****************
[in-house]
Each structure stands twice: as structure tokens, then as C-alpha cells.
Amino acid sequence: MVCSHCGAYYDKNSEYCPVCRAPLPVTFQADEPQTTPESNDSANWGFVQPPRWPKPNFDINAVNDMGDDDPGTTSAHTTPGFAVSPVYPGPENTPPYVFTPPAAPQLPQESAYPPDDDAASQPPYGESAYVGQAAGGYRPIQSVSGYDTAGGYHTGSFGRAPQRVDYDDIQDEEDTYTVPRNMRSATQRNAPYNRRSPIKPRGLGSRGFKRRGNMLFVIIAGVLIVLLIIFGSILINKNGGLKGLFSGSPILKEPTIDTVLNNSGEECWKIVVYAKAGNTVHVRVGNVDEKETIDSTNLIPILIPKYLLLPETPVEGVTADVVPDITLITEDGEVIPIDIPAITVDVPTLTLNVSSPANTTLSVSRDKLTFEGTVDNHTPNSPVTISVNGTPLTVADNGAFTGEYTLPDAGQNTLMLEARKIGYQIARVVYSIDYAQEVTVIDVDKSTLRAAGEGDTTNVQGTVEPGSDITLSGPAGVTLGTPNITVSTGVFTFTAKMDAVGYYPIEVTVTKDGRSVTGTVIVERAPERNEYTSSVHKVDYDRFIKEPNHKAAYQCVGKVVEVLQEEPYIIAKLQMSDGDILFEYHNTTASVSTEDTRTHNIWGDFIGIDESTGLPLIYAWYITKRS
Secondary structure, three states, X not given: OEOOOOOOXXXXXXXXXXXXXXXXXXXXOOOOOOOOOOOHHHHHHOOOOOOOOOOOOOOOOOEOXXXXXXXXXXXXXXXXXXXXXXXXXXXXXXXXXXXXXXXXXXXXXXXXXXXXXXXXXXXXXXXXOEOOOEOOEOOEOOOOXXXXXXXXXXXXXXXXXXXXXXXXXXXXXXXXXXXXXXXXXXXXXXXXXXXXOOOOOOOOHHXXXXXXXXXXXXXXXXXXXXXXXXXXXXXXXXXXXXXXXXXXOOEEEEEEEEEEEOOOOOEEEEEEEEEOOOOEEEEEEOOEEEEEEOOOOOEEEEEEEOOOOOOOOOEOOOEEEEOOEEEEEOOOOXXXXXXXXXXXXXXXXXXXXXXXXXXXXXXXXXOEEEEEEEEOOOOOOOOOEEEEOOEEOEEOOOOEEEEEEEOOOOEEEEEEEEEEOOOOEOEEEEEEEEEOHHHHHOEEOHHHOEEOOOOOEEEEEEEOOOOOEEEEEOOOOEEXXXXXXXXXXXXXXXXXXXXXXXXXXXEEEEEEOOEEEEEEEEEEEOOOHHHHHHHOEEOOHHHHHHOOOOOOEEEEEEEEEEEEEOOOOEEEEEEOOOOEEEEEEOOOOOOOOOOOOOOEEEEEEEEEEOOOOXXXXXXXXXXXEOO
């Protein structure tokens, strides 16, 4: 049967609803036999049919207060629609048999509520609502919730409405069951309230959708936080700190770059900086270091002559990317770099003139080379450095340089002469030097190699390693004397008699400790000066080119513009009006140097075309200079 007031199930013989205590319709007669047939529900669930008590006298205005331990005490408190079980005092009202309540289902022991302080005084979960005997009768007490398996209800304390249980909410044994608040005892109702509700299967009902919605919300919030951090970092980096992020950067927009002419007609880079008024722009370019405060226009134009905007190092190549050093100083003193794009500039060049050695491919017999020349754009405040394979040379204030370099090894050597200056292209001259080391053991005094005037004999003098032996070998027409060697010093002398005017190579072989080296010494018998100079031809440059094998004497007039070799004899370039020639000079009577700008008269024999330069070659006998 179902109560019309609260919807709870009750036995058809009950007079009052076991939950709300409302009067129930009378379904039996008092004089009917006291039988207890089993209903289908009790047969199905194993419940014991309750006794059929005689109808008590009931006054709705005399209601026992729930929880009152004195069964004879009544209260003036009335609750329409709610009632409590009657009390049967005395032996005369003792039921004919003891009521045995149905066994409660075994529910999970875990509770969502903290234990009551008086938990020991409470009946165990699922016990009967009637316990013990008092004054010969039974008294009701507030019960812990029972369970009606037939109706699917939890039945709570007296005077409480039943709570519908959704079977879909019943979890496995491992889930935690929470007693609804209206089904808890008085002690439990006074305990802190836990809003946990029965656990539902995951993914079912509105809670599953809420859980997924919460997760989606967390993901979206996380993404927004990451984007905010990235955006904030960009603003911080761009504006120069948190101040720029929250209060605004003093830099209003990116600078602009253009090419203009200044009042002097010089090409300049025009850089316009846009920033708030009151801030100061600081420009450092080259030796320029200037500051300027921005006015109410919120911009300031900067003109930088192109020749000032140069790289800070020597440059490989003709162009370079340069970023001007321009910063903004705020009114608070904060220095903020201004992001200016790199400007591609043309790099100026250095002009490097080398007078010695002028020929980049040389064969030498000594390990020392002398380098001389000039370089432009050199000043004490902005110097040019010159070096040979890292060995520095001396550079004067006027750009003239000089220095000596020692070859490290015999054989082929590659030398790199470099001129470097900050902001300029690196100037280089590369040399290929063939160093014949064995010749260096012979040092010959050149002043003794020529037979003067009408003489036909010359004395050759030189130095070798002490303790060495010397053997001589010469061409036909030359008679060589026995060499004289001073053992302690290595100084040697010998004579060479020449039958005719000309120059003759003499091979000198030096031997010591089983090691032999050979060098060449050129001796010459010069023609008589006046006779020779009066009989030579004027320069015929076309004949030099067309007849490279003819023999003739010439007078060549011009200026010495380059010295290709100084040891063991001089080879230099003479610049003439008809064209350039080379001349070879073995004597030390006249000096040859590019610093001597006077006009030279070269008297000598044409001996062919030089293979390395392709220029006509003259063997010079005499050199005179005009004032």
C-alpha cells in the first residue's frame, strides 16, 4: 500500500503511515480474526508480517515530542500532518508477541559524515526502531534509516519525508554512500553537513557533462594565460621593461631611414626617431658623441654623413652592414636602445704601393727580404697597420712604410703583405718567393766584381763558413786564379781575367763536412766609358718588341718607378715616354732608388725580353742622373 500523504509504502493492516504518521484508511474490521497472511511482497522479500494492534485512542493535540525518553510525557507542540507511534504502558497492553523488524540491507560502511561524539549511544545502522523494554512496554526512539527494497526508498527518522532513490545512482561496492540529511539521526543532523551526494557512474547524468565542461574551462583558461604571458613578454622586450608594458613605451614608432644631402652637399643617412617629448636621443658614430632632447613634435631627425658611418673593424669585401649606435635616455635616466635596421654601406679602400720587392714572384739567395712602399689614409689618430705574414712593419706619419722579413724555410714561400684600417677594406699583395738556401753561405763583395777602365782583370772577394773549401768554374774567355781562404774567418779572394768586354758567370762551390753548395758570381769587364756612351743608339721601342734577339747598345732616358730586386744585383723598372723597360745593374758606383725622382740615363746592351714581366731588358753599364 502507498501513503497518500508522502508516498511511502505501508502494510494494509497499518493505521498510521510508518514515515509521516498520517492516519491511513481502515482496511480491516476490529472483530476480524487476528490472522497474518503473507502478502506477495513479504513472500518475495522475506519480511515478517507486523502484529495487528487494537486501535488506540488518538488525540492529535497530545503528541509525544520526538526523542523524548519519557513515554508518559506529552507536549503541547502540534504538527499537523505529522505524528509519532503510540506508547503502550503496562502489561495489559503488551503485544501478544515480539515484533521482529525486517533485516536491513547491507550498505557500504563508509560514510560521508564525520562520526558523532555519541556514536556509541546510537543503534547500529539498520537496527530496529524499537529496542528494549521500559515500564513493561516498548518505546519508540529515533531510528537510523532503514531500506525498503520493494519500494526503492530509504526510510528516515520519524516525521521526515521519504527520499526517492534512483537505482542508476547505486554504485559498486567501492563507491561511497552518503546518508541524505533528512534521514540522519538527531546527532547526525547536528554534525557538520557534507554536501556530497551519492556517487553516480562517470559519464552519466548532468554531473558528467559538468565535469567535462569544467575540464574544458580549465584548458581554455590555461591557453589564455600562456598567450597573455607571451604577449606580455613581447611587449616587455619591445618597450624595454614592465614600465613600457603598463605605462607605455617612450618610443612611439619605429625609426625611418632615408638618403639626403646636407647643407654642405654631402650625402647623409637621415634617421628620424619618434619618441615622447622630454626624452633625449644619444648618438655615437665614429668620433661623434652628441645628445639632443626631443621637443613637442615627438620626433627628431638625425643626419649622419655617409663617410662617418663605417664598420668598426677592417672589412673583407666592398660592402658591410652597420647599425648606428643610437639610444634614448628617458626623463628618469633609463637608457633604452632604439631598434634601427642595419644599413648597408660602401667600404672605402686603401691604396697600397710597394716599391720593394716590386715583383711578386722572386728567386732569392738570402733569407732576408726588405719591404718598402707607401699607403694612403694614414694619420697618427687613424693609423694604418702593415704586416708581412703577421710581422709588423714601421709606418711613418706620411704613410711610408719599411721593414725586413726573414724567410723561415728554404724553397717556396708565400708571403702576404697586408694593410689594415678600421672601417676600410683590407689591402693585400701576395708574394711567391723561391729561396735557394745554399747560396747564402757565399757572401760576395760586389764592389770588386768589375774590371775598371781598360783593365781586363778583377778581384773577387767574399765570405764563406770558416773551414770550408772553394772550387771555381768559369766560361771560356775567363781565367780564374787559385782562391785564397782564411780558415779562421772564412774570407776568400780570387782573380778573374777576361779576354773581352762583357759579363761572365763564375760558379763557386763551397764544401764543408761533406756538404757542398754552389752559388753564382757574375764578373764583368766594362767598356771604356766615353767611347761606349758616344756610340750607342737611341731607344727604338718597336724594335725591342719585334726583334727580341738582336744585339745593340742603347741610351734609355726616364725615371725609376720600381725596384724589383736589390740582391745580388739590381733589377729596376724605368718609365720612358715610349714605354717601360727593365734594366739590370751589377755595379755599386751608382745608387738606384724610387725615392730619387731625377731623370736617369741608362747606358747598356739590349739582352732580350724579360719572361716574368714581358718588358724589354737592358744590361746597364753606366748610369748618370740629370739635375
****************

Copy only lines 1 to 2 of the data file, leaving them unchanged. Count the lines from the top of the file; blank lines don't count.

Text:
[in-house]
Each structure stands twice: as structure tokens, then as C-alpha cells.